Airline Wi-Fi going mainstream: Bummer, being untethered was nice

Airline Wi-Fi going mainstream: Bummer, being untethered was nice

Summary: Aircell's Gogo, an airline Wi-Fi service, is about to go mainstream this summer and the Wall Street Journal's Walt Mossberg gives it a good review. Why aren't I more enthusiastic?

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TOPICS: Wi-Fi, Networking
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Aircell's Gogo, an airline Wi-Fi service, is about to go mainstream this summer and the Wall Street Journal's Walt Mossberg gives it a good review. Why aren't I more enthusiastic?

As Mossberg notes, people are about to become more productive on airplanes or lose their last refuge from the digital deluge.

For me it's the latter. Sure, I'll use Gogo every time I fly. I'll also think less, blog more and never get through my reading list. I'll never escape those streaming real-time stock quotes. As for catching up on email--the only time I actually really read it is on a plane--forget that too. Gogo will start off on American and Virgin America this summer. Other airlines--trying to scrape every penny of revenue they can to offset fuel costs--will likely follow.

But there was something nice--actually one of the few things nice about flying these days--about being disconnected. Gogo isn't the first in-flight Wi-Fi service, but it sounds like it might be the one that goes mainstream. Gogo will run you a flat fee of $12.95 for flights three hours or longer and $9.95 for shorter trips. The speed is similar to what you'd get on your wireless card.

Aircell is using cell towers to beam signals up where they are picked up by the airplane's antenna.

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Overall, Gogo sounds like a fine service. I'm just a tad conflicted about it.

Topics: Wi-Fi, Networking

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8 comments
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  • The new age.

    I hear ya man. It's the sign of the times that everyone expects everyone to be connected AT ALL TIMES!

    :-)

    I would not be surprised if employers start scheduling conference calls and online meetings for while you are on a plane, on a 8 hour flight to your company's foreign office. The employer will just say "you can get connected up there now, so YES you CAN make the meeting."

    Welcome to the new age. LOL.
    golstat2003
  • RE: Airline Wi-Fi going mainstream: Bummer, being untethered was nice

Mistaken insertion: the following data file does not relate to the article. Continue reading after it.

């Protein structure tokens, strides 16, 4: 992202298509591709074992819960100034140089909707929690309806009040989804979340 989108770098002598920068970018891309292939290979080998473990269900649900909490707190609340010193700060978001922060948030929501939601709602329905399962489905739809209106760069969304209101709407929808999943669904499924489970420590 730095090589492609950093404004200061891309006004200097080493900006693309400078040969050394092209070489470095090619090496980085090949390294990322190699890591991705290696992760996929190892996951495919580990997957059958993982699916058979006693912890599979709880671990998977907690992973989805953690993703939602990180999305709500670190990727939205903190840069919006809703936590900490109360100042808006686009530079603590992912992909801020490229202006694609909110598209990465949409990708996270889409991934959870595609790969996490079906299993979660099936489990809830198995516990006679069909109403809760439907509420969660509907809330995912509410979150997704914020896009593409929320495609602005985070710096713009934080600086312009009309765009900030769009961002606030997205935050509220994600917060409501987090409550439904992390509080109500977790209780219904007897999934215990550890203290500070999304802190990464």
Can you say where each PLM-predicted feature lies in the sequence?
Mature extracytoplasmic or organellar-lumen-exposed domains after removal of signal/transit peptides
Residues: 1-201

Easy enough to simply not buy the service and use the cash for a couple of drinks instead :)
    wkulecz
  • Sure gald I'm not flying anymore...

    I was a Flight Attendant for 25 years, and retired in 1996 to go into IT. What a smart move that was in retrospect.

    What with onboard cell phone use coming in Europe, and maybe here in the US someday, and now this? I'll choose to drive anywhere I possibly can from now on.

    Just who says people must be connected every minute of the day?
    IT_Guy_z
  • RE: Airline Wi-Fi going mainstream: insufficient room/power in coach

    The price quoted is not horrible, but I suspect not enough to cover the cost. Why? too few users.
    The only people on fully-booked airplanes that have the space for typical notebooks and almost as important, access to external power are in 1st class and there are relatively few of those folk onboard.

    I carry a 12.1" wide screen ultralight - and folks, once that seat in front of you reclines, there isn't enough space left in your seat area to comfortably do much with a notebook.
    Jim Johnson
    • RE: Airline Wi-Fi going mainstream: insufficient room/power in coach

      I'll second that. I'm taller/wider than average, but I'm not a giant. The only way I can type on a laptop in a coach seat is to pull my hands in with my elbows if the neighboring seat is empty, which isn't happening so much anymore. I can't put my elbows in my neighbors' bellies, so I can't type. If my employer expects me to compute productively at 38,000 feet, I'm fired.
      esobocinski
  • RE: Airline Wi-Fi going mainstream: Bummer, being untethered was nice

    Thank you Gogo!
    Maddog@...
  • I have my doubts

    I travel quite a lot (in Europe). I have my doubts whether you'll get it here, specially in international flights. And having made three intercontinental trips so far this year (where surfing/reading mail would be actually a nice distraction)I must be even more skeptic. There are no repeater stations in the oceans....
    Samun56
  • Leave the 'puter home

    Too much chance of it being confiscated by Security anyway. Just have a loaner waiting at your destination, or at least flush the hard drive before you travel.
    anonymous